So assuming we all are open to this discipline, we can look at what God says to us today.

And here we find a disturbing thing: our readings from Scripture today describe both a standard that seems impossibly high and a God who clearly knows we fail to meet it.

The psalmist declares that only the blameless – only the blameless! – may abide with God. Others need not apply. And the list of attributes isn’t inappropriate – it’s a good list: those who speak the truth, don’t take bribes, aren’t evil to their friends, don’t slander. It’s just that any list like that reminds us that we don’t always meet it. We certainly aren’t arrogant enough to call ourselves blameless, at any rate.

And Jesus has high expectations, too, about those he calls “blessed”. The blessed ones are clear. Those who show mercy, those who make peace. Those who hunger and thirst for righteousness, those who are meek, and poor in spirit. Some of these we aspire to be but do not reach, others we likely would rather avoid because we see them as weakness.

But in the next weeks the shape of the life of the disciple will be more fleshed out for us by Jesus, and the standards will continue to be high. So high we know we won’t always meet them. And God knows, too, more’s the pity.

Micah envisions God bringing a lawsuit against the people of Israel for their unfaithfulness and poor discipline. In dramatic fashion, the jury in God v. the people is the whole creation – mountains and hills are called to witness to God’s complaint.

The complaint is simple, and if you’ve worshiped here on Good Friday and recall the Solemn Reproaches, the complaint is also familiar. God says, “How have I wearied you? All I did was save you from slavery, gave you a land, and sent you leaders to show you my saving acts. What more could I have done?” God has done everything to bless God’s people, and has received no disciples in return. And we read this as our own reality: we who have received so much from God are in no way like what the psalmist or Jesus would call blameless or blessed, and now we know God knows it, too.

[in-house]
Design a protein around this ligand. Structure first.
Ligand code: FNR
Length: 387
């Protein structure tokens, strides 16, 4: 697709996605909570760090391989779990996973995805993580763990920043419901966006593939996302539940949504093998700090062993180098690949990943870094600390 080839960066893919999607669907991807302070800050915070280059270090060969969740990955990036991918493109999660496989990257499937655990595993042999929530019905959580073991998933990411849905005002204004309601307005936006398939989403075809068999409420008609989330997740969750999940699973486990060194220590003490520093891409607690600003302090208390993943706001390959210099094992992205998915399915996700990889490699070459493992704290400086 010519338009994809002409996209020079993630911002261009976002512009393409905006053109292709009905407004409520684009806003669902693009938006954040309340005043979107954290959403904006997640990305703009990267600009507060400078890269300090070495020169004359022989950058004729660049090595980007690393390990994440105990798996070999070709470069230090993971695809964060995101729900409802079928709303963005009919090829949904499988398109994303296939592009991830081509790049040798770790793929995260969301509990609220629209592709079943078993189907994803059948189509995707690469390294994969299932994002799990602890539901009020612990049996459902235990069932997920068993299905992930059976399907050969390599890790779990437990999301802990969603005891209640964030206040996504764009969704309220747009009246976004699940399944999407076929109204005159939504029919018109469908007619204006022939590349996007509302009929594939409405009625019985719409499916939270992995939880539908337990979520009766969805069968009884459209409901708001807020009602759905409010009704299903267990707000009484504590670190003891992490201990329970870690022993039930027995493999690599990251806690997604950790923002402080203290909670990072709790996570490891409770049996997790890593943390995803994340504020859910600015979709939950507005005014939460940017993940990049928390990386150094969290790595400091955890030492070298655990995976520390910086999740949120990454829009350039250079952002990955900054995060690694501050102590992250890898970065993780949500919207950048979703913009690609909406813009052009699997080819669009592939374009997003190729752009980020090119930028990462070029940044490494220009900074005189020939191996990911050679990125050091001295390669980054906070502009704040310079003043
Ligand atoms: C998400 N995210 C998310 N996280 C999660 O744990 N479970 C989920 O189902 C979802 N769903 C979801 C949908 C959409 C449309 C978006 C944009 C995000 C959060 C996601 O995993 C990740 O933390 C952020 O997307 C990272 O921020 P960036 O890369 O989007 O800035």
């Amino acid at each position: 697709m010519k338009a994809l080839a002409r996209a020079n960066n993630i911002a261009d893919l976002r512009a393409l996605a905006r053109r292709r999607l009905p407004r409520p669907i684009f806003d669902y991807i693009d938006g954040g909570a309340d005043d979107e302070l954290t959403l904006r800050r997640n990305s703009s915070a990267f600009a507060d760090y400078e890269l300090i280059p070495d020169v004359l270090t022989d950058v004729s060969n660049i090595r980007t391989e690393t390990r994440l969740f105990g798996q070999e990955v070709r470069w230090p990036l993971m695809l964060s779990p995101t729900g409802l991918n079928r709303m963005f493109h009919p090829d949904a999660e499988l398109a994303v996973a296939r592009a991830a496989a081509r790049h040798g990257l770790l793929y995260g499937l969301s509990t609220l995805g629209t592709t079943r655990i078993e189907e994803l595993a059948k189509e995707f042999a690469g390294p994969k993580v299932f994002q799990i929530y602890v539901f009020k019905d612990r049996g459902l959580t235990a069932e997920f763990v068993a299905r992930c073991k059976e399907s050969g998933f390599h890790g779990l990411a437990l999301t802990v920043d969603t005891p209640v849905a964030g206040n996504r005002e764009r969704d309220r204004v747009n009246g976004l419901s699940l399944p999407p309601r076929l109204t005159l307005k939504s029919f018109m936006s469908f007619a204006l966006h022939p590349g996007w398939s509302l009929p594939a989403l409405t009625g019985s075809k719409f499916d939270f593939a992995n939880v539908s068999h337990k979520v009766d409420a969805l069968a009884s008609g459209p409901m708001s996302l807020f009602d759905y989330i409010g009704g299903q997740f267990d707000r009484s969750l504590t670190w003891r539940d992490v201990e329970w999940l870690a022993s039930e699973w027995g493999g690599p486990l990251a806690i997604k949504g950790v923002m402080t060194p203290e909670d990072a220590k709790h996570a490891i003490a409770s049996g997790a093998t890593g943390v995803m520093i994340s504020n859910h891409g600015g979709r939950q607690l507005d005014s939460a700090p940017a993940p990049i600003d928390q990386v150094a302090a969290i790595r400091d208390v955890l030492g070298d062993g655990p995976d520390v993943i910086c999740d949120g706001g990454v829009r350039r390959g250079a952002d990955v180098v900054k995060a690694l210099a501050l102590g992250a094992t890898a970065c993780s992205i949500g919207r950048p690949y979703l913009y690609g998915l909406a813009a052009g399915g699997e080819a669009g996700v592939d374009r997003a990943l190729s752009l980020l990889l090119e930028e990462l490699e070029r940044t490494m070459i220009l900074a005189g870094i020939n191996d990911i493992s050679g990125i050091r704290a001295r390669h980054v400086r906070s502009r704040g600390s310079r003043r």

But before a verdict is declared, the people give a counter offer. And their approach is not also unfamiliar to us. But just as in Micah’s day, our tendency is to miss God’s point completely.

In fact, here’s the crux of the whole problem: our response to God is diametrically opposite to what God is hoping for from us, from what God hopes to see in our discipline.

The people in Micah’s courtroom scenario jump ahead of a verdict with offers of all sorts of sacrifices and dramatic buy-offs. They ask, “how much sacrifice will it take, God, to make us right again?” And then they start with the offers. A few calves? Not enough? OK – how about thousands of rams? No? Ten thousand rivers of oil? Still not enough? I know, could I sacrifice my firstborn?

Here’s the disjunction, then and now: God blesses us and we don’t follow God’s way, we don’t have discipline. And when we are brought to account by God, we go overboard in trying to buy God off. From a few calves to thousands of rivers of oil and sacrificing first-borns, we do the same. But we sacrifice others to distract God from us. The church is filled with people and congregations who think that following God’s way means drawing lines between who’s in and who’s out, being rigid, in some attempt to be faithful. Like hating others, rejecting others, to please God – or because we think it will. Being rigid toward folks whom we’re comfortable calling “sinful.”